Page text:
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Old 11-08-2015, 04:34 PM   #1
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Wiring Helm Gauges - Daisy Chain?

My new helm console is on the way, and I've pulled the old console and all the gauges. What a rat's nest that old wiring was! Next will be to wire all the gauges into the new console. But I have a big decision to make.

Each gauge has a ground. And each has an "Ignition" (positive) terminal. Each gauge has a lamp with two wires, positive and ground. Electrically, all positives and all grounds are the same. The only question is where to connect them.

Do I run two separate wires from each gauge and each lamp to a pair of common terminal blocks (One +, one - )? Or do I daisy chain each positive to the previous one, and likewise for ground? Or, maybe two wires for each gauge, each of which connects to both the gauge and the lamp for that gauge?

I have enough wire, heat-shrink ring terminals and terminal block screws for any of those options, so it's not a resource question. It's a reliability and neatness question.

Wondering what opinions might be out there on this.
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Old 11-08-2015, 04:43 PM   #2
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My new helm console is on the way, and I've pulled the old console and all the gauges. What a rat's nest that old wiring was! Next will be to wire all the gauges into the new console. But I have a big decision to make.

Each gauge has a ground. And each has an "Ignition" (positive) terminal. Each gauge has a lamp with two wires, positive and ground. Electrically, all positives and all grounds are the same. The only question is where to connect them.

Do I run two separate wires from each gauge and each lamp to a pair of common terminal blocks (One +, one - )? Or do I daisy chain each positive to the previous one, and likewise for ground? Or, maybe two wires for each gauge, each of which connects to both the gauge and the lamp for that gauge?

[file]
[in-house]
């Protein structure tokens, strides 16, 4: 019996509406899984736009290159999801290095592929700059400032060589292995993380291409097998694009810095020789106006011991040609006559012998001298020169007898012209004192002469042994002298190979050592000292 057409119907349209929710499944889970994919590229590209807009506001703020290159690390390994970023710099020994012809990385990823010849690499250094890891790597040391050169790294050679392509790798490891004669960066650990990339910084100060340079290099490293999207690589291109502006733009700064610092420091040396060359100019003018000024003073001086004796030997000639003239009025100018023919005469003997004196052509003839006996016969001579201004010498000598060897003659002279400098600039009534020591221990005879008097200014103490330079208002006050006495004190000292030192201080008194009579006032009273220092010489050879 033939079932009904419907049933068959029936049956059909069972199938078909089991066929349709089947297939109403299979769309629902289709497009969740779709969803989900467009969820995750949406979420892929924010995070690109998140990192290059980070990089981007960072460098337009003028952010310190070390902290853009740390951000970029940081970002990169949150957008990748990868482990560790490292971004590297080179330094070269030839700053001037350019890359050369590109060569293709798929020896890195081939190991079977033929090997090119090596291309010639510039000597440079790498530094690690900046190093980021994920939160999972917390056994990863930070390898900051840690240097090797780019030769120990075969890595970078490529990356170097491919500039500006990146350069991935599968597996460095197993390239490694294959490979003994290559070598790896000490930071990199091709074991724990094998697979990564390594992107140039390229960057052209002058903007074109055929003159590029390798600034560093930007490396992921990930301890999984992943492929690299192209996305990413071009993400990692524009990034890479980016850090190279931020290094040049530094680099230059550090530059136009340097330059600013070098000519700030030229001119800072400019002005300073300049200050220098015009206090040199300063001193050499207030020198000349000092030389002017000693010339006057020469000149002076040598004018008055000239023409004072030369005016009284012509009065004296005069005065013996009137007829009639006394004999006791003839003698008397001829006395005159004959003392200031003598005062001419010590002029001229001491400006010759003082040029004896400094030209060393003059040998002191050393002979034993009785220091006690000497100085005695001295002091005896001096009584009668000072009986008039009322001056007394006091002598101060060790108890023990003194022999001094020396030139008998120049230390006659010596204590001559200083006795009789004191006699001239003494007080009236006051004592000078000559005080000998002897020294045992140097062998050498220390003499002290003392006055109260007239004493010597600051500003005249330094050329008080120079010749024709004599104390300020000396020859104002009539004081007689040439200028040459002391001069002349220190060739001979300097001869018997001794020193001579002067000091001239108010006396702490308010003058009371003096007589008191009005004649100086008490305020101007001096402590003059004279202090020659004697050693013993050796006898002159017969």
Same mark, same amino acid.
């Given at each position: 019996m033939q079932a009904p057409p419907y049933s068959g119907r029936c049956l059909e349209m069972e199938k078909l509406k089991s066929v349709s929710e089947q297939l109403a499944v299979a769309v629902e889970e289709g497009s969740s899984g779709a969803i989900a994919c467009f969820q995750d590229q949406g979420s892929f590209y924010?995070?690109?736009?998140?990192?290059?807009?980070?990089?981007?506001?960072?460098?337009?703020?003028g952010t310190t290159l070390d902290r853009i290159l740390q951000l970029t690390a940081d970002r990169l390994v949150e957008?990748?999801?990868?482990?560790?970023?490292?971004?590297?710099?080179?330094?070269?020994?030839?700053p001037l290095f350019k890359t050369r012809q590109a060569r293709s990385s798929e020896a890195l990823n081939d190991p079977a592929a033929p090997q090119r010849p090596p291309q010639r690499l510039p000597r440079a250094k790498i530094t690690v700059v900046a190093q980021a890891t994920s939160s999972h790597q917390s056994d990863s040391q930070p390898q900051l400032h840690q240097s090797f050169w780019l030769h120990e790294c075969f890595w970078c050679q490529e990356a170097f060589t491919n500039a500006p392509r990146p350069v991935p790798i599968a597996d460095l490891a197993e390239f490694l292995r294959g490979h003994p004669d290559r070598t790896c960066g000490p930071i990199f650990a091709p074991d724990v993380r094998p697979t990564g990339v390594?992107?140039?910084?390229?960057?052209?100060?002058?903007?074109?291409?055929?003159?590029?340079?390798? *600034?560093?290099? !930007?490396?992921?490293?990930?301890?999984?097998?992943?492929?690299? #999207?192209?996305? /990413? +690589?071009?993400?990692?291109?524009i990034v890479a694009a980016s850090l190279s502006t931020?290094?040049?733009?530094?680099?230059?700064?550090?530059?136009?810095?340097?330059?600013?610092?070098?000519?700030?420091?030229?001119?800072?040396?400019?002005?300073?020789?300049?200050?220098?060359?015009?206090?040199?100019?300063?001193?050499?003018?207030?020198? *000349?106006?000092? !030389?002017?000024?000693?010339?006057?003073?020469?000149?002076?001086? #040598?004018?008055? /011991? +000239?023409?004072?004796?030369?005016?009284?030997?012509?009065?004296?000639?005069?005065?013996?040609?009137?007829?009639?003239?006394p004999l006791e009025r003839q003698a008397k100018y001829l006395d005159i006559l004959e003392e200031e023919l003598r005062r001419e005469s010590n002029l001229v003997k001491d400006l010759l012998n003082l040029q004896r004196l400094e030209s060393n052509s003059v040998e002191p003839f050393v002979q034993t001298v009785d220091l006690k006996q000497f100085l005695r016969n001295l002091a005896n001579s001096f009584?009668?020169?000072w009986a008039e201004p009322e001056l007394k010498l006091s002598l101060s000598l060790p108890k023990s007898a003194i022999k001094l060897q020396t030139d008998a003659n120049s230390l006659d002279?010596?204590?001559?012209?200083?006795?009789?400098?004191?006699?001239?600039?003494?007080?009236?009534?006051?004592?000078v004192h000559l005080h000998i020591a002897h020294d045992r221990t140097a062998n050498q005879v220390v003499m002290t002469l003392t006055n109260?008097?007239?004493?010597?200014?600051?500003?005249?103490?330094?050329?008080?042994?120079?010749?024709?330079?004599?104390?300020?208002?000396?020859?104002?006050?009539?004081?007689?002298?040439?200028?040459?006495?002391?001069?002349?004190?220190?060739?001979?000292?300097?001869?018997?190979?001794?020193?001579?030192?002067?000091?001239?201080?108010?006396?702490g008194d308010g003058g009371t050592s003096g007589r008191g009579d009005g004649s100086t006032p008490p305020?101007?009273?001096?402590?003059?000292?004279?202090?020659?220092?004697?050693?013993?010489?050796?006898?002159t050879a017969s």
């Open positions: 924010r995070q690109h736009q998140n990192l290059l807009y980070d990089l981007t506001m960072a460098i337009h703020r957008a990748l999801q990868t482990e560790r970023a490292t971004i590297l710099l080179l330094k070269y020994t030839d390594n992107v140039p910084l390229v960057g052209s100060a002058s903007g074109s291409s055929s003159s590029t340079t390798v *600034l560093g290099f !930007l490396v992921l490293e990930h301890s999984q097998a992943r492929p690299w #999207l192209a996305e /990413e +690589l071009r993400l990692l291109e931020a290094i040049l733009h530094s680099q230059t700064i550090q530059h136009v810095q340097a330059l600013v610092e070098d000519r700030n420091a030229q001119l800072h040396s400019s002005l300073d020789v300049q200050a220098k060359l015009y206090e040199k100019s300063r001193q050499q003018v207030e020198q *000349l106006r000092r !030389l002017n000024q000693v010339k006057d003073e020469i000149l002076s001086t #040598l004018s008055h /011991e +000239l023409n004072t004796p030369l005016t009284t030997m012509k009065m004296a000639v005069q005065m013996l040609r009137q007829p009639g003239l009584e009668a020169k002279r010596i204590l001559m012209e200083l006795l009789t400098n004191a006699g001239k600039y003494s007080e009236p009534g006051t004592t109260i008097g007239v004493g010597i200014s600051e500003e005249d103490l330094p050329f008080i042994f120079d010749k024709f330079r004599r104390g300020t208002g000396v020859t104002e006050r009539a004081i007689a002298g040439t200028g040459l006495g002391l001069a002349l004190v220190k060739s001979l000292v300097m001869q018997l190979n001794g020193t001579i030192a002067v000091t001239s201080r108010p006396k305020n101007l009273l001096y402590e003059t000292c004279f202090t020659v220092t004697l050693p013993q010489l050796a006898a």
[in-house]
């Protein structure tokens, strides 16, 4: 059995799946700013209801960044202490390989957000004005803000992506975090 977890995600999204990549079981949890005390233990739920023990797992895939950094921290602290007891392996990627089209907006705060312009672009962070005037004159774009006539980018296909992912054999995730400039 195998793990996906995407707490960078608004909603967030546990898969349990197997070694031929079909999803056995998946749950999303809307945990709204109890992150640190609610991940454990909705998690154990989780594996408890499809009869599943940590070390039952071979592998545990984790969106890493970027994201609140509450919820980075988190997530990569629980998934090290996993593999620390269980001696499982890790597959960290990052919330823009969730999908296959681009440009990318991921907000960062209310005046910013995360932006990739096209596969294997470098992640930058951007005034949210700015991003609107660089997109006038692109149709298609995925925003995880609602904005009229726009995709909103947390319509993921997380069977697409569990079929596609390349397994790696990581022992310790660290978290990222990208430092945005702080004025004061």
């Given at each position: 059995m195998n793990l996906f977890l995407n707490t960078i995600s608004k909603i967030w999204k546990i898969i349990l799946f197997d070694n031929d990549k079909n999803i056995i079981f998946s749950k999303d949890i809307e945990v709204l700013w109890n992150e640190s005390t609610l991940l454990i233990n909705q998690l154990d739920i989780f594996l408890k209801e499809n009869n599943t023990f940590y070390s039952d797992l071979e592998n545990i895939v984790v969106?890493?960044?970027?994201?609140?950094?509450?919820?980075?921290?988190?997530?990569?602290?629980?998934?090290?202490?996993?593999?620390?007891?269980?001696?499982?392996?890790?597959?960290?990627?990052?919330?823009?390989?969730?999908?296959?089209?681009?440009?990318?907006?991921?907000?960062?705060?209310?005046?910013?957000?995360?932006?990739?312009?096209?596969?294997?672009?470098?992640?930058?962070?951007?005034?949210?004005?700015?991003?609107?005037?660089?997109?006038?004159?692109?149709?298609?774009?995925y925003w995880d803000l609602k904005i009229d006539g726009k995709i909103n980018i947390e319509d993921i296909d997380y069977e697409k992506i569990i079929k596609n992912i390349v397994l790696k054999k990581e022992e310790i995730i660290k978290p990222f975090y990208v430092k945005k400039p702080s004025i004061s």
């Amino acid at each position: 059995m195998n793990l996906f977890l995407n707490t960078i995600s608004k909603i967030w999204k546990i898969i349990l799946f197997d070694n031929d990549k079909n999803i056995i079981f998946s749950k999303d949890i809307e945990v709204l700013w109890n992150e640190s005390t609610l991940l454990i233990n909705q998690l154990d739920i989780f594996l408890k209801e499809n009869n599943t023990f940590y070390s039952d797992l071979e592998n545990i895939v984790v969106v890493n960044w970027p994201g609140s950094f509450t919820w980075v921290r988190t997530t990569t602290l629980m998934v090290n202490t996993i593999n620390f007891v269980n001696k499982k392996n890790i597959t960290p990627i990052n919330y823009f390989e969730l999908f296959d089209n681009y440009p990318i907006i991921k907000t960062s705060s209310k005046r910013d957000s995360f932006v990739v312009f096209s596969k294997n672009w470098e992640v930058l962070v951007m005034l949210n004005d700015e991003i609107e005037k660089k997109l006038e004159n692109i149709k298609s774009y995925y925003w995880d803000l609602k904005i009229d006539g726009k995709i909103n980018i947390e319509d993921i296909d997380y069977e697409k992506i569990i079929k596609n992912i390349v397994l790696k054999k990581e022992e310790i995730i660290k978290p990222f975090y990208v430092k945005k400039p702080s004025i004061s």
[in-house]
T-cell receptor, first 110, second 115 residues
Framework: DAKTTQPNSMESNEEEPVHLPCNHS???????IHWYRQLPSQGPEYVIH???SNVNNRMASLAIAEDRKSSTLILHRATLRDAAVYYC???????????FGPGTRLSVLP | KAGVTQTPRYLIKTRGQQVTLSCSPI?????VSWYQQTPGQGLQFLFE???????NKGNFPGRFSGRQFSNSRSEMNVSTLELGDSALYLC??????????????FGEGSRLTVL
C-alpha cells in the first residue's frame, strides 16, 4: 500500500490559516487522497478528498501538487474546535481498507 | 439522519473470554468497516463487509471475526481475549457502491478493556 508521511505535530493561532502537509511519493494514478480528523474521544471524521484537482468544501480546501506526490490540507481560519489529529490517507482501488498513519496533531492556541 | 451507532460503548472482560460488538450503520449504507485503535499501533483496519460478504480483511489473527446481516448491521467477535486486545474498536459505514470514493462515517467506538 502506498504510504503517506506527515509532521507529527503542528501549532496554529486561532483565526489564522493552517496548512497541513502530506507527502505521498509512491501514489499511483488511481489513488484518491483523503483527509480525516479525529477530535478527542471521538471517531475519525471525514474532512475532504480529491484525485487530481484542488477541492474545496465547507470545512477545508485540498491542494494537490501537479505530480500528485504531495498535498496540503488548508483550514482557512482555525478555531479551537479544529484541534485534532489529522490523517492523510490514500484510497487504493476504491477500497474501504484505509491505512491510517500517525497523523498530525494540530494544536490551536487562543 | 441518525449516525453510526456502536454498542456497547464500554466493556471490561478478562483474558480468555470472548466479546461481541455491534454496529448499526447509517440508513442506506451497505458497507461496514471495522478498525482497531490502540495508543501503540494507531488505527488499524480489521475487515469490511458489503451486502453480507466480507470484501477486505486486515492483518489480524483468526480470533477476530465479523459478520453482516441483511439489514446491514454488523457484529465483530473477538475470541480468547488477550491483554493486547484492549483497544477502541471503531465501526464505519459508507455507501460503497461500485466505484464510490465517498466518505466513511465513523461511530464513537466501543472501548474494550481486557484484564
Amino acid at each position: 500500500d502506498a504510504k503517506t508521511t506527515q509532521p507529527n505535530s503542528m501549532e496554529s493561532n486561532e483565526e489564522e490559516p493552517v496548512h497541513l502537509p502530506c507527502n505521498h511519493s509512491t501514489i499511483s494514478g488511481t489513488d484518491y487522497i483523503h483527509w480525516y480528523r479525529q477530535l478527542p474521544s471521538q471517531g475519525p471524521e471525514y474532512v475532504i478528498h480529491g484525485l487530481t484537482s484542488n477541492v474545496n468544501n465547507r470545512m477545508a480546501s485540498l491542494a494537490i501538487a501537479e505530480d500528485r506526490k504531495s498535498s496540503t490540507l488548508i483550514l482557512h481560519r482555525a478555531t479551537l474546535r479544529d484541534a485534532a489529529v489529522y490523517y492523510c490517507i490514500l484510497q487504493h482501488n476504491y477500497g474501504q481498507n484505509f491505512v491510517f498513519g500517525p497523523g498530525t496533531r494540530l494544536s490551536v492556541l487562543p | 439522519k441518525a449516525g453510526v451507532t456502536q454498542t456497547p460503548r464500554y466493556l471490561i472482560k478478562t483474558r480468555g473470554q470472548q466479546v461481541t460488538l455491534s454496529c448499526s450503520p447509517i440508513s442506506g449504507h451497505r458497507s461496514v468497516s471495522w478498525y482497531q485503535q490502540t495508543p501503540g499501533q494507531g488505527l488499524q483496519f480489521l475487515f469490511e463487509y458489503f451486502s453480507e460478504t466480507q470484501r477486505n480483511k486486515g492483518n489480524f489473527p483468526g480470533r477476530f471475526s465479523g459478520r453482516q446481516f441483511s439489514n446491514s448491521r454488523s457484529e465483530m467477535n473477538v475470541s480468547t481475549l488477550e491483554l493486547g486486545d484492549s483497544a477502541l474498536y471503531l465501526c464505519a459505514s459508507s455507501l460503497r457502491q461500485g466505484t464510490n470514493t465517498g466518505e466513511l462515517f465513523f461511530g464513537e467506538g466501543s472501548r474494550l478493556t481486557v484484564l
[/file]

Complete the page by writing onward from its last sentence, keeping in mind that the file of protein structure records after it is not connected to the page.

I have enough wire, heat-shrink ring terminals and terminal block screws for any of those options, so it's not a resource question. It's a reliability and neatness question.

Wondering what opinions might be out there on this.
When I rewired my panel...I was going to run it all to buss bars for simplicity...but didn't

Once in there and starting to look atvit.it was easier to daisy chair and wound up neater in the lono run I think.

Of course gauge layout and number plus panel complexity could be a reason to run separates...but really don't see it in most cases. Most panels are daisy chained and neat...so why change a good thing? Just stay neat.

Oh and usually you daisy chain like wires.....instrument power, instrument ground, light piwer, light ground, etc...etc...
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Old 11-08-2015, 04:47 PM   #3
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Ground all your (-) wires and run a positive(+)to a switch. That way you can turn the lights on and off as you wish. You can jump from one gauge light to the other and so on.
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Old 11-08-2015, 08:40 PM   #4
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Daisy chain where you can. No need to home run everything.

You can either have the lights come on anytime the gauges are in or have them on a switch.
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Old 11-08-2015, 09:15 PM   #5
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My new Deere panel is all daisy chain wired which makes it very neat. An additional feature on the panel is a potentiometer (dimmer switch) that allows me to adjust the light level of the gauges, like in a car. Would be worthwhile to add if you plan to run at night.

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Old 11-08-2015, 11:11 PM   #6
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If you daisy chain and have one bad connection/solder/joint would you lose all your gauges?
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Old 11-09-2015, 06:40 AM   #7